Mourners have been gathering in front of the Ministry of Health in Vienna since Friday afternoon to commemorate the deceased doctor. Flowers are laid out, candles are lit. The general practitioner Lisa-Maria Kellermayr committed suicide in her closed practice on Lake Attersee – after months of massive threats from unknown vaccination opponents.
A memorial event for Kellermayr in Vienna is planned for Monday. Daniel Landau, organizer and initiator of #YesWeCare, announced on Twitter that he had registered an event for 8 p.m. at Stephansplatz. A vigil was also officially registered in Graz: from 8 p.m. on the main square. Candles should be brought.
Admonishing words of politics
Federal President Alexander Van der Bellen called for an end to “this intimidation and fear” in a Twitter message: “Hate and intolerance have no place in our Austria. In the end, let’s always find a way to live peacefully together. Let’s strengthen the cohesion”.
Health Minister Johannes Rauch (Greens), whose resignation the doctor had called for two days ago, was also dismayed at the news of Kellermayr’s death: She “devoted her life to the health and well-being of others. Death threats against her and her employees were brutal reality . Hate against people is inexcusable. This hate has to stop,” he wrote on Twitter.
Vienna’s Mayor Michael Ludwig (SPÖ) also responded to the doctor’s death with a tweet, which shows “that we must not give room to hatred and intolerance in our society. Respectful cooperation and social cohesion must once again be given priority in view of this tragic event stand.” SPÖ leader Pamela Rendi-Wagner, herself a doctor, was also deeply affected on Twitter: “She simply represented her medical point of view and became a victim of hate. Doctors like her need protection and support.”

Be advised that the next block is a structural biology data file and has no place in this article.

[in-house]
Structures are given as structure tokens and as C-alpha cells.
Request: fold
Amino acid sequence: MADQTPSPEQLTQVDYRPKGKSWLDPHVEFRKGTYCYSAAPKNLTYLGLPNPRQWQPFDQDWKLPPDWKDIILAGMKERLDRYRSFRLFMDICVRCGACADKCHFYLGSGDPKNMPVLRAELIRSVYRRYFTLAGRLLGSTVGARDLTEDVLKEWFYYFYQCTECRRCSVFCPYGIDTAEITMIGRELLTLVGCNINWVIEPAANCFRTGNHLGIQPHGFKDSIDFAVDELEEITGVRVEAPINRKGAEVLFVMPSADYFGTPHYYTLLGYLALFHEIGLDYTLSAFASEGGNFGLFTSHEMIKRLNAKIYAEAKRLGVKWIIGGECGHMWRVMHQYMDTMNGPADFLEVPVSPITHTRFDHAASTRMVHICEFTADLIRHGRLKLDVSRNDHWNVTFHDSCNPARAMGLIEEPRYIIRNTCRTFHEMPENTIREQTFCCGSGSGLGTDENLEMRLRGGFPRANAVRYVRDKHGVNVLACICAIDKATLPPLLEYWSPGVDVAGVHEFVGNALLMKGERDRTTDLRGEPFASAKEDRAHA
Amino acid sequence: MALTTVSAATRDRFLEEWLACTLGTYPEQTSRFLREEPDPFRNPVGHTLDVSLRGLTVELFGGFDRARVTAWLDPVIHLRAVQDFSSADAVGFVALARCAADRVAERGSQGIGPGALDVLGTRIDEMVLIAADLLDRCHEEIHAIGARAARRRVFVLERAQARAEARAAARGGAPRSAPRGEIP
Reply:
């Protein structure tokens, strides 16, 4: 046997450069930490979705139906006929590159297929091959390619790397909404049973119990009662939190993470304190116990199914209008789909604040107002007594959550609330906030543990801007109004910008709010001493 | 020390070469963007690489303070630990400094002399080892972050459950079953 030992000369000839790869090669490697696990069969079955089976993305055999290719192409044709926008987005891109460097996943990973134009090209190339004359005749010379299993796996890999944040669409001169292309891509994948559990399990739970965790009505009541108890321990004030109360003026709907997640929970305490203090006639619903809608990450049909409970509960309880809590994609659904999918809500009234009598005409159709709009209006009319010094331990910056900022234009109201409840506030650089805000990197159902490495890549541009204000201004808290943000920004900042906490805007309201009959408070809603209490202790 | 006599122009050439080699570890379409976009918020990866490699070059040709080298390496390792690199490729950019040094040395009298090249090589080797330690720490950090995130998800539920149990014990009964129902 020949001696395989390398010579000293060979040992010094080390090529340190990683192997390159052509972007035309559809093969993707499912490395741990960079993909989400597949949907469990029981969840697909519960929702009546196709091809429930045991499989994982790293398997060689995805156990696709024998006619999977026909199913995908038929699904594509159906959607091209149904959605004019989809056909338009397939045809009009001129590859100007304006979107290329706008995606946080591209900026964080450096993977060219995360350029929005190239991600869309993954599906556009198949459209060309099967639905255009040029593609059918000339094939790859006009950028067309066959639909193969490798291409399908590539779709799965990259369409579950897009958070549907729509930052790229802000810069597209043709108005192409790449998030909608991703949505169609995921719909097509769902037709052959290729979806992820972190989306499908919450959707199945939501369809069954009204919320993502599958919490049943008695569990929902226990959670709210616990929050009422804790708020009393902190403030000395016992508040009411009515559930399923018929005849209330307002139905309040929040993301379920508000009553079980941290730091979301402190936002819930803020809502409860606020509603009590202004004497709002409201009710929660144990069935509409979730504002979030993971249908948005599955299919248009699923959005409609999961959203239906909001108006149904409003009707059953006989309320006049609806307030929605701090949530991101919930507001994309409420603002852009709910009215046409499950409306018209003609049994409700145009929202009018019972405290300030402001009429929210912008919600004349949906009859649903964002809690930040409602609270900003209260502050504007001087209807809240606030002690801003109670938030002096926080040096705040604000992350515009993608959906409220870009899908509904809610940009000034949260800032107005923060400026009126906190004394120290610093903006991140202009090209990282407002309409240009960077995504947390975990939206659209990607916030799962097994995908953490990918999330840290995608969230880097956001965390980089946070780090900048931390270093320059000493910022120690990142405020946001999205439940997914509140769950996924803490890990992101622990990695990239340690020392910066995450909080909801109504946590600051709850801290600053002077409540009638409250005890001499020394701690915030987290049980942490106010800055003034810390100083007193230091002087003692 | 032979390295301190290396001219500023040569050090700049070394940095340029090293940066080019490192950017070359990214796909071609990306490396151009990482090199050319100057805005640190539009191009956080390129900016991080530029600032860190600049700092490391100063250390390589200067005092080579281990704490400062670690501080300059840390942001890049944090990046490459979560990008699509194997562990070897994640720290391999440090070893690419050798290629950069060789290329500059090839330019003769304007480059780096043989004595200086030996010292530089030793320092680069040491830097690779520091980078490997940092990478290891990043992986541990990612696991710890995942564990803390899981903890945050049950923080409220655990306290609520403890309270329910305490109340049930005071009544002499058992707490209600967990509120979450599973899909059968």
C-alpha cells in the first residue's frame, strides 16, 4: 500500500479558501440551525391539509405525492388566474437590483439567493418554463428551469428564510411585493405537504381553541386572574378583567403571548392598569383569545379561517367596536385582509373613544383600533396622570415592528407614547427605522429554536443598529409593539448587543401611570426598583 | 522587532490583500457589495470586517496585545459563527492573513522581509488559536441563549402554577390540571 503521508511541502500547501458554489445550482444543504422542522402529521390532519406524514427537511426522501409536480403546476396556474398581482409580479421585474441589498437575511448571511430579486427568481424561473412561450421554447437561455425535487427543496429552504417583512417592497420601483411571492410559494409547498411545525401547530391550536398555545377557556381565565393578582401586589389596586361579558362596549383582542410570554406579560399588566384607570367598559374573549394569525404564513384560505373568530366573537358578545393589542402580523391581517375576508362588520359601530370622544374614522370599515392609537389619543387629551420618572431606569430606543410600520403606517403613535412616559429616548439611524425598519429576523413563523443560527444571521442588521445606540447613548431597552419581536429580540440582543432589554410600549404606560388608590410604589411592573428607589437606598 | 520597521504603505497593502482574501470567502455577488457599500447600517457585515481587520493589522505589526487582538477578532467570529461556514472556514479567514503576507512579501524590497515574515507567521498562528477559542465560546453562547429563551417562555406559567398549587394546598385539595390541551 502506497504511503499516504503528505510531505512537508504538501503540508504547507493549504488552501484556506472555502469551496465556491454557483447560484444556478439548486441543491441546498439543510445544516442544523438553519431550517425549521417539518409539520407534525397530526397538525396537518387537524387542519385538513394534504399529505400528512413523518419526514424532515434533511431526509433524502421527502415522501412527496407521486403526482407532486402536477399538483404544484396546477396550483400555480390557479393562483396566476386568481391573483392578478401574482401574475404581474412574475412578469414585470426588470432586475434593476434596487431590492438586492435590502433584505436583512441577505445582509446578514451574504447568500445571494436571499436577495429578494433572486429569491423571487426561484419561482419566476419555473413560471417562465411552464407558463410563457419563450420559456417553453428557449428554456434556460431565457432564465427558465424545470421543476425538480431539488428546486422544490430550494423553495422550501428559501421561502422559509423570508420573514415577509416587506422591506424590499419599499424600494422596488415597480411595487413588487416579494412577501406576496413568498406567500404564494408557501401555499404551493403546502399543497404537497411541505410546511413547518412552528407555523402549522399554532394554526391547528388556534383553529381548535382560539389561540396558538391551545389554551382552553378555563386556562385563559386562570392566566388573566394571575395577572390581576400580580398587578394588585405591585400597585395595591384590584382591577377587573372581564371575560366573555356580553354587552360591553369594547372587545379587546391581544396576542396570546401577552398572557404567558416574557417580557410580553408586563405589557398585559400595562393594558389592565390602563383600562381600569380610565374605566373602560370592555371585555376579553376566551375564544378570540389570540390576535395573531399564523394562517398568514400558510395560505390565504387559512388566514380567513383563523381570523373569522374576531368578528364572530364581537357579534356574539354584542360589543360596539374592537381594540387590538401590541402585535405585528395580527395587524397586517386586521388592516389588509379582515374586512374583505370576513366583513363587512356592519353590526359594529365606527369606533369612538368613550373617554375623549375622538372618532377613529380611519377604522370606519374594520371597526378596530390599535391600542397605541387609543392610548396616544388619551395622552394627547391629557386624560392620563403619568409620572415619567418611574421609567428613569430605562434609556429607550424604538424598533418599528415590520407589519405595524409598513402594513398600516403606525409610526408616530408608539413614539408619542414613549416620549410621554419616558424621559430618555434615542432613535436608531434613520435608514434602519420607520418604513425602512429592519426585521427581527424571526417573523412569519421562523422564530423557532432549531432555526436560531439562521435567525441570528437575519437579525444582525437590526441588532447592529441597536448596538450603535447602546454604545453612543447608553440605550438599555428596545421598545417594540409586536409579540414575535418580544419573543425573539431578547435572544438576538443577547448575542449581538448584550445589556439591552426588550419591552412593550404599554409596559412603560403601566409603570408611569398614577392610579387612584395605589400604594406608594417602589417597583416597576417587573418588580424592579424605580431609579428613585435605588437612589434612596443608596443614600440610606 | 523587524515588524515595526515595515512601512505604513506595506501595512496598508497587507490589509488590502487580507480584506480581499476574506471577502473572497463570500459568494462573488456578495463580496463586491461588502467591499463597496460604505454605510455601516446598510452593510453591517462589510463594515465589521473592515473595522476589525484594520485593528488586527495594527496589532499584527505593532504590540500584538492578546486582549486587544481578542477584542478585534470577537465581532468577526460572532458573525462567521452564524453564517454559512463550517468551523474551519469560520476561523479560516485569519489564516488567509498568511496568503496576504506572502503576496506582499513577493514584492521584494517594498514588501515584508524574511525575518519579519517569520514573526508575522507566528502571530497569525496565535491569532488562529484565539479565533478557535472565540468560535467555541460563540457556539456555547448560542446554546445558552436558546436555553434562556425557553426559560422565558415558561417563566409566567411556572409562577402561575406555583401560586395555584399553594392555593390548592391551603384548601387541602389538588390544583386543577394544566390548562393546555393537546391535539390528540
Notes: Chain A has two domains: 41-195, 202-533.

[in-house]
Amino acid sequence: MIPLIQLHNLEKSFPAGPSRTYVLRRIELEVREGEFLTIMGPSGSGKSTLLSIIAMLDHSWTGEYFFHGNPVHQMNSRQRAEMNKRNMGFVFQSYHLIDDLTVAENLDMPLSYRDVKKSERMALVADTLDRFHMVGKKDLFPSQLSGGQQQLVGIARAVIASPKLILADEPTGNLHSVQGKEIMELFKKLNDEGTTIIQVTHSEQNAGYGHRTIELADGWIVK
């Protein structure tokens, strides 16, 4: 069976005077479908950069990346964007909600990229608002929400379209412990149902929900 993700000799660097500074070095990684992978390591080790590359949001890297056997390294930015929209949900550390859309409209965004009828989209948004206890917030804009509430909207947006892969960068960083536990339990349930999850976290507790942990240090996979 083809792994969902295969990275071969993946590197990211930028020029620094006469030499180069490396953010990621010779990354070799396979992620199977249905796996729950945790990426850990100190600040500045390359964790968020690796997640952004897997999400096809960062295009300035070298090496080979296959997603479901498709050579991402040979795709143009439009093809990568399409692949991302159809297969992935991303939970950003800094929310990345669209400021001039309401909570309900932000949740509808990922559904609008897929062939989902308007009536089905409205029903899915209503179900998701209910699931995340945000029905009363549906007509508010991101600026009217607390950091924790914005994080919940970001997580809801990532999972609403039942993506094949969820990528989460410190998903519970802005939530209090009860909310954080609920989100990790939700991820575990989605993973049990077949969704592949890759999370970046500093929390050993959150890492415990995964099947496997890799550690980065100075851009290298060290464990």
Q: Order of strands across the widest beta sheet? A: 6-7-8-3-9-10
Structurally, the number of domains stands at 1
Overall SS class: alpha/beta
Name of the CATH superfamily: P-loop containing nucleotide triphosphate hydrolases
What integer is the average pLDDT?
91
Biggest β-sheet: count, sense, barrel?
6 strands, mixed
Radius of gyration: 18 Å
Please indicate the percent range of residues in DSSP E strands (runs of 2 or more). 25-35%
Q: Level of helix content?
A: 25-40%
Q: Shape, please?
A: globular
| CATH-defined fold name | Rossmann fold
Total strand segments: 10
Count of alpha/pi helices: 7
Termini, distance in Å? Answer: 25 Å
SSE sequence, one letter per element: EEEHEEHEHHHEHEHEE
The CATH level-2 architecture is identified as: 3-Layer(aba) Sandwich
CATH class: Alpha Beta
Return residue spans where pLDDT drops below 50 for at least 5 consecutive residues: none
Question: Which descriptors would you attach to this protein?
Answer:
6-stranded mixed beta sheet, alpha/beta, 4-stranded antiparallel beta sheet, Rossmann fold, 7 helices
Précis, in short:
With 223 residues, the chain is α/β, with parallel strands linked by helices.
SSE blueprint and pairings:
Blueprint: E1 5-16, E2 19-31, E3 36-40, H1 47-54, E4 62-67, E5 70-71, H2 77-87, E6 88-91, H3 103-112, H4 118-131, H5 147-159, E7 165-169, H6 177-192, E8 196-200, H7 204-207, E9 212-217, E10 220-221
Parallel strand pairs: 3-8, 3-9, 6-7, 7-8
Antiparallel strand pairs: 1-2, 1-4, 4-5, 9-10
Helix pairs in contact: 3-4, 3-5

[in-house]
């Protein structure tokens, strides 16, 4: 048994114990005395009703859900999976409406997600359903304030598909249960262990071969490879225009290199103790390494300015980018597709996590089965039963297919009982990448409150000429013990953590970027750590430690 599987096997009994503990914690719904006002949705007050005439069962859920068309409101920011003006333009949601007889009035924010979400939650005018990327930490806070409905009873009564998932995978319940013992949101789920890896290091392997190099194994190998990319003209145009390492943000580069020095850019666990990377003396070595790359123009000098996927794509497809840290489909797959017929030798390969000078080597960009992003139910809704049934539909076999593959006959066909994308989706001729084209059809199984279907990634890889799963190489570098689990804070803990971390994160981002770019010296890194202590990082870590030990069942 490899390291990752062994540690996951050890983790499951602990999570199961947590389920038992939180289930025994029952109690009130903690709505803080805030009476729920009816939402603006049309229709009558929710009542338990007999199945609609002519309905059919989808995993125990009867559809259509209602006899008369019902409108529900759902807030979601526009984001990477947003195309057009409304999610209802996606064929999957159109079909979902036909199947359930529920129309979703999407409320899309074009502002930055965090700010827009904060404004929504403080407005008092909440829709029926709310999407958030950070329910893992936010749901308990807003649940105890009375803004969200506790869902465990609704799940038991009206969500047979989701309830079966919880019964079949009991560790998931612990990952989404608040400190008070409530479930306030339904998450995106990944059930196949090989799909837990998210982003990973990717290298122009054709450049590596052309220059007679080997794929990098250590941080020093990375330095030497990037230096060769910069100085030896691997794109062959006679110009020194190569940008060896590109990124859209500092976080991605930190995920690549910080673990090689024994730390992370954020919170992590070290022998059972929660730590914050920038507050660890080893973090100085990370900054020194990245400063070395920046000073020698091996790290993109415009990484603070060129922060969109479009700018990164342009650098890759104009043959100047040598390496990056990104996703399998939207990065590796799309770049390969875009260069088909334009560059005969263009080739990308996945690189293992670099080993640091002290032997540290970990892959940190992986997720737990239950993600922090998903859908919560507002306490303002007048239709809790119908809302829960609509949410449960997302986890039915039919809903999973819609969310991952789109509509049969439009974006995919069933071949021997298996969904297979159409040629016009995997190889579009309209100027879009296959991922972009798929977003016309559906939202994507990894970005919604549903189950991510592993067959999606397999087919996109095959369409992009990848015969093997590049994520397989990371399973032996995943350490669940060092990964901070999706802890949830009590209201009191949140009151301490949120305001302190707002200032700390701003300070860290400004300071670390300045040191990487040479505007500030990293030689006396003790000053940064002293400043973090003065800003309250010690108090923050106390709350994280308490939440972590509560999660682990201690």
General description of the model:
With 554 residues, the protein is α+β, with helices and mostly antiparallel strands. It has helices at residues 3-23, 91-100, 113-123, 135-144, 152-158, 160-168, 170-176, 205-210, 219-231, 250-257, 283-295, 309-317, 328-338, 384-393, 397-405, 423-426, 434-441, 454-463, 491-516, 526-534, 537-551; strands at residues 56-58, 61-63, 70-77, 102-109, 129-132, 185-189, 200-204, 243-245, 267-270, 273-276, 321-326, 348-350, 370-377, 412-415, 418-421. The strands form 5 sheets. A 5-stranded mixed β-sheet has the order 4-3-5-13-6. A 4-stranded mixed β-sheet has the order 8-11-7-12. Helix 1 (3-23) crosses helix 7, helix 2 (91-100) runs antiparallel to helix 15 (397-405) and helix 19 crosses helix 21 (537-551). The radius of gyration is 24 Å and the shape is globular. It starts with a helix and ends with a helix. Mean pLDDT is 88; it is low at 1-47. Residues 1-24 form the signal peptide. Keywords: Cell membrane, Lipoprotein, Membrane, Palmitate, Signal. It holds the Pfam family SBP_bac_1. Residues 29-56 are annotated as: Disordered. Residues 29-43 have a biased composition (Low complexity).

The Austrian Medical Association was “deeply shocked” by the news of the colleague’s death. This tragic event would show in a frightening way what consequences hate can have on the Internet, said the President of the Medical Association, Johannes Steinhart, in a broadcast. Medical staff in hospitals and surgeries have been exposed to ever-increasing violence for a long time.
In June, the public prosecutor’s office in Wels dropped the preliminary investigation against a German suspect – on the grounds that it was not responsible, but German authorities. However, a hacker activist found two Germans who are said to have written threatening emails.
In Austria, the police continue to investigate unknown perpetrators because it can be assumed that the allegations affect several people, according to the investigators. The death of the woman does not change anything in these investigations, one is still waiting for the final report from the police, according to a spokeswoman for the public prosecutor’s office.
criticism of investigations
The journalist Ingrid Brodnig tweeted condolences: “The executive should also have to clarify their own actions or non-actions in this case.” In the course of the investigation, the police were criticized for not having done enough. A spokesman for the state police headquarters in Upper Austria rejected this to the APA: They had been in constant contact with the doctor since November and had tried to offer her protection. They have “done everything that is possible”, both in terms of security and what concerns the investigation. The latter are still ongoing, he confirmed.
The Upper Austrian Health Minister LHStv. Christine Haberlander (ÖVP) not only expressed her condolences in a broadcast, but also called for rapid action, “because hate, intolerance and violence are never the answer, but always the ugly side of society. In a united Europe, criminal prosecution for crimes of this kind be possible across borders. Rather, they must be possible”.
Many international media also reported on the doctor’s death.